Towards self-organising Action Selection

Humphrys, Mark (1995) Towards self-organising Action Selection. [Departmental Technical Report]

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Systems with multiple parallel goals (e.g. autonomous mobile robots) have a problem analogous to that of action selection in ethology. Architectures such as the subsumption architecture (Brooks) involve multiple sensing-and-acting agents within a single robot on its own if allowed. Which to give control at a given moment is normally regarded as a (difficult) problem of design. In a quest for a scheme where the agents decide for themselves in a sensible manner, I introduce a model where the agents are not only autonomous but are in full competition with each other for control of the robot. Interesting robots are ones where no agent achieves total victory, but rather a serires of compromises are reached. Having the agents operate by the reinforcement learning algorithm Q-learning (Watkins) allows the introduction of an algorithm called `W-learning', by which the agents learn to focus their competitive efforts in a manner similar to agents with limited spending power in an economy. In this way, the population of agents organises its own action selection in a coherent way that supports parallelism and opportunism. In the empirical section, I show how the relative influence an agent has on its robot may be controlled by adjusting its rewards. The possibility of automated search of agent-combinations is considered.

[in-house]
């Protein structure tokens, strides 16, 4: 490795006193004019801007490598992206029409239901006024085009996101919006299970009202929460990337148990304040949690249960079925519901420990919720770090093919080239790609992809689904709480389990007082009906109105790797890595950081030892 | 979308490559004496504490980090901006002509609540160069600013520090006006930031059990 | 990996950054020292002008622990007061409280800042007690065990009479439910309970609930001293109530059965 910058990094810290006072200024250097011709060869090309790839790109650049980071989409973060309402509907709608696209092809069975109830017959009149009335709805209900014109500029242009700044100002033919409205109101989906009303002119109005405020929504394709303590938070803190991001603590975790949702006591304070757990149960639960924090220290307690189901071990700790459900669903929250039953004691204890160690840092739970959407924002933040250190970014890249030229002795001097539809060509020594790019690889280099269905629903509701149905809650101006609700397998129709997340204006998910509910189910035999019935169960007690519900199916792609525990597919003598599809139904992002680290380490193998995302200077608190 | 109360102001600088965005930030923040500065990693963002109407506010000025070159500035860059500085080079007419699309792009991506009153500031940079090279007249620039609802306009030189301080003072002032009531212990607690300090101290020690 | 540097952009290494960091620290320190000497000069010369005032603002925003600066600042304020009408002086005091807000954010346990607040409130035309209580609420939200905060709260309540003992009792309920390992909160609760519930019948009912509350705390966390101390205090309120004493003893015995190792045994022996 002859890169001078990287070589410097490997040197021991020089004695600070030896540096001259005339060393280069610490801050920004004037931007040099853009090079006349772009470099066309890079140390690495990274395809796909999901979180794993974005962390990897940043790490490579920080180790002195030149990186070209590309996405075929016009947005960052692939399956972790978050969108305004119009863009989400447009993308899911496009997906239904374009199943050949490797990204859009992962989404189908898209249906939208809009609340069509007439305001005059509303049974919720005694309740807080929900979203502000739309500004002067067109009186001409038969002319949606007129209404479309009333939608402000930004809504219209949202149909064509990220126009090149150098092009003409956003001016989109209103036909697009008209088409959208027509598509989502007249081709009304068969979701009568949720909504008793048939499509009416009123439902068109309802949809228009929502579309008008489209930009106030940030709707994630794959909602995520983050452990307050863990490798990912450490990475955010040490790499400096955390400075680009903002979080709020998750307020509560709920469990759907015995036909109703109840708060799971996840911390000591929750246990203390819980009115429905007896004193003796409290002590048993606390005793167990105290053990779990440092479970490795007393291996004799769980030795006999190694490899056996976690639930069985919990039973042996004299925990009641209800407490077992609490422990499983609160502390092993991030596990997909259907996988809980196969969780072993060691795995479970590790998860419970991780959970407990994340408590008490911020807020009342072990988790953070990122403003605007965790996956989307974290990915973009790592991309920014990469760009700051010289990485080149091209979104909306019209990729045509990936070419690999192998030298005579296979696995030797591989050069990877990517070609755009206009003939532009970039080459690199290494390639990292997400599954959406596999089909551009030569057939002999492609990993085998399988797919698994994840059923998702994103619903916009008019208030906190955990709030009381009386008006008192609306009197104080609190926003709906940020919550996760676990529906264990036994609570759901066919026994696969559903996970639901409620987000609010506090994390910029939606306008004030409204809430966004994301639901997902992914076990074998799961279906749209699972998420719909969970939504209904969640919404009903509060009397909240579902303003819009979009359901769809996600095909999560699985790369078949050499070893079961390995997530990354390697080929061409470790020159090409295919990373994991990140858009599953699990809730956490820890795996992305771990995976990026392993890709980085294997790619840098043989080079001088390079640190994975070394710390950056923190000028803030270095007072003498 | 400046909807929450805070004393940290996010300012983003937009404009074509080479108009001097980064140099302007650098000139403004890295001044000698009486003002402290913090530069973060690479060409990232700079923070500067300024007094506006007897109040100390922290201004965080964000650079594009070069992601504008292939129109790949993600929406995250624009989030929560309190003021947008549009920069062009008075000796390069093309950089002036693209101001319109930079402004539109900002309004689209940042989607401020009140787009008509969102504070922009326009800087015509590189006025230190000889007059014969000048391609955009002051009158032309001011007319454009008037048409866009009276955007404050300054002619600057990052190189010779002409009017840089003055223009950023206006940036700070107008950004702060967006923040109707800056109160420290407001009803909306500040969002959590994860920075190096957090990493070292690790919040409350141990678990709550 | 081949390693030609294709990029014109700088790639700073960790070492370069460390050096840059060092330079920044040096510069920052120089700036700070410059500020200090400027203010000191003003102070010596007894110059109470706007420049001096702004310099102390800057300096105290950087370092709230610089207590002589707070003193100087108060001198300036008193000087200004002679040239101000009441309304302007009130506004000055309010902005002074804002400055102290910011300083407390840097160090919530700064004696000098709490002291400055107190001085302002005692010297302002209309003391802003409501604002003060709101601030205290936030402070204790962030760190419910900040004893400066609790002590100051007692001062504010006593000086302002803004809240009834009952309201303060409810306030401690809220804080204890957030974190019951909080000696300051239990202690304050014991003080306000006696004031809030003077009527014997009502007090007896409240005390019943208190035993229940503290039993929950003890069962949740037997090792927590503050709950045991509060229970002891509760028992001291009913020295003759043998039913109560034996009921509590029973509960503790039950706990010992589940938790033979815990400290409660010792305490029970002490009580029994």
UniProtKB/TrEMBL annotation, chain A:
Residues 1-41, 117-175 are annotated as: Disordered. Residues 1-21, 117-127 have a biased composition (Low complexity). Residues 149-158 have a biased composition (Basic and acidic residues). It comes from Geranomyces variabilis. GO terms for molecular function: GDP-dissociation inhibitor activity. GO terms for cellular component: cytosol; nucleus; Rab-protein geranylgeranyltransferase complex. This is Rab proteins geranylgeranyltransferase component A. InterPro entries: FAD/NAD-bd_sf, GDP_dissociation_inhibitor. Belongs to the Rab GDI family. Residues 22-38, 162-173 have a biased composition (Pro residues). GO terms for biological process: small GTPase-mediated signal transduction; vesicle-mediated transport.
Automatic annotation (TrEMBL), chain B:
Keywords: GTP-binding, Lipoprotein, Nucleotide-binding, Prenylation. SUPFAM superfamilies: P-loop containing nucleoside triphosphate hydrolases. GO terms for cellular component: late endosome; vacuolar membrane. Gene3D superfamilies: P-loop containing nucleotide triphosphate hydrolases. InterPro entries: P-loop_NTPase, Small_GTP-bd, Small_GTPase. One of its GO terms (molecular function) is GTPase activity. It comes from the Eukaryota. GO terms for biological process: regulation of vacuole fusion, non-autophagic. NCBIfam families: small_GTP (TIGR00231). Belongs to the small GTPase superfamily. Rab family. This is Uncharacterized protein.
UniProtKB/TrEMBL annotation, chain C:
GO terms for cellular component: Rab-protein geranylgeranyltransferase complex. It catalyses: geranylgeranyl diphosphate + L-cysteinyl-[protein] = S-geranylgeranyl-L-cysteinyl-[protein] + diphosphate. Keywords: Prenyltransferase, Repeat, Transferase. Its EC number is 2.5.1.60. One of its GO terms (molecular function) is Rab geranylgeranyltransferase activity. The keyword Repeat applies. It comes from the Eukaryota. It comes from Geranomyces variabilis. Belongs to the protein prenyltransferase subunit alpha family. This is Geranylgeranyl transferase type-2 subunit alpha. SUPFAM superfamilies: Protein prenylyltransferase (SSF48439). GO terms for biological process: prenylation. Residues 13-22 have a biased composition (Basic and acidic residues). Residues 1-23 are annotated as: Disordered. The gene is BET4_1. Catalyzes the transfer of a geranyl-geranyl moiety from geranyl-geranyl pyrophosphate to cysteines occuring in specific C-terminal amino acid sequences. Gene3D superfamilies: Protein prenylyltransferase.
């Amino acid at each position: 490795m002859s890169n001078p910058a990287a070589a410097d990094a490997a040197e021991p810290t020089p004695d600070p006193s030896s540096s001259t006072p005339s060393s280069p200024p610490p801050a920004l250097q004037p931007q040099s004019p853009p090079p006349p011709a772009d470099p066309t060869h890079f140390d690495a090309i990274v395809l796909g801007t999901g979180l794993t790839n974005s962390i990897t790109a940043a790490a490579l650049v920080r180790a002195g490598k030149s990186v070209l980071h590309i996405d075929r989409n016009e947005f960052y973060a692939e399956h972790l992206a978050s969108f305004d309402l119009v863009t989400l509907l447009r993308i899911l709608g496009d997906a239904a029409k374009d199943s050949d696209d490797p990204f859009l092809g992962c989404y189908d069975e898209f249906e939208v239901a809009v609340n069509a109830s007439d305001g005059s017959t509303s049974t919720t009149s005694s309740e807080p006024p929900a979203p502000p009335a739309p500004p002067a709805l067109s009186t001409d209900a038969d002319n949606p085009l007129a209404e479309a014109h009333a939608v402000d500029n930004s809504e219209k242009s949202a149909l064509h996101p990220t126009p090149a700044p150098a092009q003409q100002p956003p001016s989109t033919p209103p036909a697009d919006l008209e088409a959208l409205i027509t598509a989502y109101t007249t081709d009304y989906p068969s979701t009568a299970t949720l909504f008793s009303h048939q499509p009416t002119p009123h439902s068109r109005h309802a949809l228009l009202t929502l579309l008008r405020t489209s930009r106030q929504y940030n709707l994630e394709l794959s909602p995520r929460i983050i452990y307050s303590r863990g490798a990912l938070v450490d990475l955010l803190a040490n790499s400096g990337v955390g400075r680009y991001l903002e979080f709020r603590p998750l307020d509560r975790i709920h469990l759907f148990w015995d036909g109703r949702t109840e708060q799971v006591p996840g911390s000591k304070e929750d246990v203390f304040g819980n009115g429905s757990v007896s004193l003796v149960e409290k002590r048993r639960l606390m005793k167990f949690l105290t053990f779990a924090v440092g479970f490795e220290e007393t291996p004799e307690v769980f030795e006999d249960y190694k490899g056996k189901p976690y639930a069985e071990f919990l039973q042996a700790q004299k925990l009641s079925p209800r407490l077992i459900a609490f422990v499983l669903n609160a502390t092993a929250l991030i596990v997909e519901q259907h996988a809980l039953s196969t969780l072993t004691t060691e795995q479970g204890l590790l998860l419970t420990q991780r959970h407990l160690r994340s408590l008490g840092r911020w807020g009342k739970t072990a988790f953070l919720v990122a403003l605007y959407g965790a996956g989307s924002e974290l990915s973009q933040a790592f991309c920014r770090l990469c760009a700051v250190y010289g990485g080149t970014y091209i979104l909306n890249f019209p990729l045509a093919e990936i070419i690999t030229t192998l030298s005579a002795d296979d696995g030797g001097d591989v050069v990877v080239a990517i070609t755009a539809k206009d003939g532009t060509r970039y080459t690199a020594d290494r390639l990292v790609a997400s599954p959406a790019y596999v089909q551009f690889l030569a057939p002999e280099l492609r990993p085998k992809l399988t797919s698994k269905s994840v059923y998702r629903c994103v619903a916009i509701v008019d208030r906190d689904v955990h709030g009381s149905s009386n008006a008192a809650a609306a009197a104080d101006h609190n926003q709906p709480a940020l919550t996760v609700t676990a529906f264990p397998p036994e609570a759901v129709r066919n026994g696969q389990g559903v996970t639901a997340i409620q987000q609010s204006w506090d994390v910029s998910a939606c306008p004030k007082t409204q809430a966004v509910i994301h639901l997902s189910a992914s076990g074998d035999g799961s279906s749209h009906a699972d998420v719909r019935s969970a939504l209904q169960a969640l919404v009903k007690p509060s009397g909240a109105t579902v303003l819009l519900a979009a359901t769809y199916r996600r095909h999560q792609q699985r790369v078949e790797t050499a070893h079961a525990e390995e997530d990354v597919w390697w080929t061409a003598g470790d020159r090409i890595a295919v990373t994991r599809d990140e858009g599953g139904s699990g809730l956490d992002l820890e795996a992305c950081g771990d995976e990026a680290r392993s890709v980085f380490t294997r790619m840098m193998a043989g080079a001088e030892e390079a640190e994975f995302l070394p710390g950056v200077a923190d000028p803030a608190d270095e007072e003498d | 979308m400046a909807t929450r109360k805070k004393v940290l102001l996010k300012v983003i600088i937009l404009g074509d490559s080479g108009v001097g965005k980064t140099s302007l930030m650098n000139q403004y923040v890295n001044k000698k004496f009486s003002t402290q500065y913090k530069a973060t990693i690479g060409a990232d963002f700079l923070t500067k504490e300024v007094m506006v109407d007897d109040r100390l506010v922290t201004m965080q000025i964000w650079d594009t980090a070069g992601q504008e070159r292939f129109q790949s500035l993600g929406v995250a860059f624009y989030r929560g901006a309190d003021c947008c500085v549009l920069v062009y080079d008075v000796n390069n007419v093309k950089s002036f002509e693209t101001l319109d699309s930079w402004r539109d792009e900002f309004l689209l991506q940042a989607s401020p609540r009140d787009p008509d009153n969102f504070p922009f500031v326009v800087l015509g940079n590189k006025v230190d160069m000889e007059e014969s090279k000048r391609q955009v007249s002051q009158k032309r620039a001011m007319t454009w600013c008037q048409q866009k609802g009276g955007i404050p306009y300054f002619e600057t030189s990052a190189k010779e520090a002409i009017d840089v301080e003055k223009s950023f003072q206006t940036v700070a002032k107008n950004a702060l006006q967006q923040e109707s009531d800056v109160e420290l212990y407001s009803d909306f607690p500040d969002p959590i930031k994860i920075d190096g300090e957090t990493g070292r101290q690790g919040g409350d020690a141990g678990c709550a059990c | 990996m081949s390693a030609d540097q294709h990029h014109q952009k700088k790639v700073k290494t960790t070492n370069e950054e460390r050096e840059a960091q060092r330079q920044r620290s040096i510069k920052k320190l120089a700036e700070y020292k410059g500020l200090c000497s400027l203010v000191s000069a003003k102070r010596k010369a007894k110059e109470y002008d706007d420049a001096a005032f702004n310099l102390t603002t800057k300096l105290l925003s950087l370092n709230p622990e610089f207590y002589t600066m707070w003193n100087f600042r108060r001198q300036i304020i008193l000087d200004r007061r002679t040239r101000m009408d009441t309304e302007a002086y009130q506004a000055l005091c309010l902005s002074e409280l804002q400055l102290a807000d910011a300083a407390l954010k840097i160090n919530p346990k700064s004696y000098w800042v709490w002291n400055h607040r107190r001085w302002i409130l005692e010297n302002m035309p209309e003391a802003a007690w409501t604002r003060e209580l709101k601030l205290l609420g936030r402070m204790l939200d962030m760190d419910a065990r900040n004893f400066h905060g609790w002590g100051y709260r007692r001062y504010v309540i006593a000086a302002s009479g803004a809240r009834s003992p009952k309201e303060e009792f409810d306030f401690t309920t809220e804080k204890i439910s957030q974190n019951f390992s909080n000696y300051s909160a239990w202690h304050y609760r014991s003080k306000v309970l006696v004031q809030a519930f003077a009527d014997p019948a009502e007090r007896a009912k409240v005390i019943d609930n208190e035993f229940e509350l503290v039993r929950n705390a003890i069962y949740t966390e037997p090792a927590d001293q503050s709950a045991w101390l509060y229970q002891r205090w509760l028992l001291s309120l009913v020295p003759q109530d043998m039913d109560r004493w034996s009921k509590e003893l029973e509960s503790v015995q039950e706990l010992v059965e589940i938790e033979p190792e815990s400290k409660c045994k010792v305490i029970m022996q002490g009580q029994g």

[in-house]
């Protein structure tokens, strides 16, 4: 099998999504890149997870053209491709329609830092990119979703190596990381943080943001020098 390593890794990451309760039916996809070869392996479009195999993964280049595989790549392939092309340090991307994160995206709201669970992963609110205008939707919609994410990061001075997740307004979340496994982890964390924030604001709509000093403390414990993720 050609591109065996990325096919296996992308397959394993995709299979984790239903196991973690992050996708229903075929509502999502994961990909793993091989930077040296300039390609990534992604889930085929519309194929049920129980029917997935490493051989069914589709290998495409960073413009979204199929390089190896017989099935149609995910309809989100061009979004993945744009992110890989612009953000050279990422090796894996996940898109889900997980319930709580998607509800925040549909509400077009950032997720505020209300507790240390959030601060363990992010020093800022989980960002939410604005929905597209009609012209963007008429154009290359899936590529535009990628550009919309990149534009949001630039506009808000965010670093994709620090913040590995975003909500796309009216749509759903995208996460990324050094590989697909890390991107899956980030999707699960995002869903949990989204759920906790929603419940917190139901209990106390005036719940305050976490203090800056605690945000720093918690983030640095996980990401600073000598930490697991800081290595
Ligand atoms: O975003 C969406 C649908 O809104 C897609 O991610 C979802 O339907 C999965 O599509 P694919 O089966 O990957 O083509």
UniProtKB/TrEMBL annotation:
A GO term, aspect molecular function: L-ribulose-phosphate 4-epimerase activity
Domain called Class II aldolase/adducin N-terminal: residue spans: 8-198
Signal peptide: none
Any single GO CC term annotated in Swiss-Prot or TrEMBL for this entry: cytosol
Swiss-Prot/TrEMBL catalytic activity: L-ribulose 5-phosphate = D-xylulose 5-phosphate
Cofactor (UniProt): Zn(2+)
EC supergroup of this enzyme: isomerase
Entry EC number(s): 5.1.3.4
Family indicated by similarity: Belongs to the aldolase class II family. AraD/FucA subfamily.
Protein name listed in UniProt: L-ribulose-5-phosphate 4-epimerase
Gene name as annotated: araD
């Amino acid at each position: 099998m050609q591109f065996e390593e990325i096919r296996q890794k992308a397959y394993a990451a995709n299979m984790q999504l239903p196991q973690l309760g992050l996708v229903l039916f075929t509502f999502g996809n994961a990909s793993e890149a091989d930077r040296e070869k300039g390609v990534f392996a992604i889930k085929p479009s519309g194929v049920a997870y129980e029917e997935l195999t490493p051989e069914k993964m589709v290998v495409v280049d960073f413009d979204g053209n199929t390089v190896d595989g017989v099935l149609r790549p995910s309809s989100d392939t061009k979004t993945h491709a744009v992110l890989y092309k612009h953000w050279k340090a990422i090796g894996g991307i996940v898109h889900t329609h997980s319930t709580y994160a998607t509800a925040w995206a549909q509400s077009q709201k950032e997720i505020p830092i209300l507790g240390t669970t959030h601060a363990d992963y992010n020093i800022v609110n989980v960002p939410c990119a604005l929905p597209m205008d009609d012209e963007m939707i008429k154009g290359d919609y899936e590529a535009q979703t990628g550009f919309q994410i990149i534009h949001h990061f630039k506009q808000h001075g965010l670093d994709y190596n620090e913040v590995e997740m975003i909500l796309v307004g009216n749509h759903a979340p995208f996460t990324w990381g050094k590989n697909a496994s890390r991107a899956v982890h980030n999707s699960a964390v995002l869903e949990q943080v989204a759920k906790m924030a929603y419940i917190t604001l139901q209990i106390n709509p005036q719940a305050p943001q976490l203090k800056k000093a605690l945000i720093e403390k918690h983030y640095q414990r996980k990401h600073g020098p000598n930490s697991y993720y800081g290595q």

Item Type:Departmental Technical Report
Keywords:reactive systems, action selection, autonomous mobile robots, reinforcement learning, multi-module learning
Subjects:Biology > Animal Behavior
Biology > Ethology
Computer Science > Artificial Intelligence
Computer Science > Dynamical Systems
Computer Science > Machine Learning
Computer Science > Robotics
ID Code:450
Deposited By: Humphrys, Mark
Deposited On:09 Jun 1998
Last Modified:11 Mar 2011 08:53


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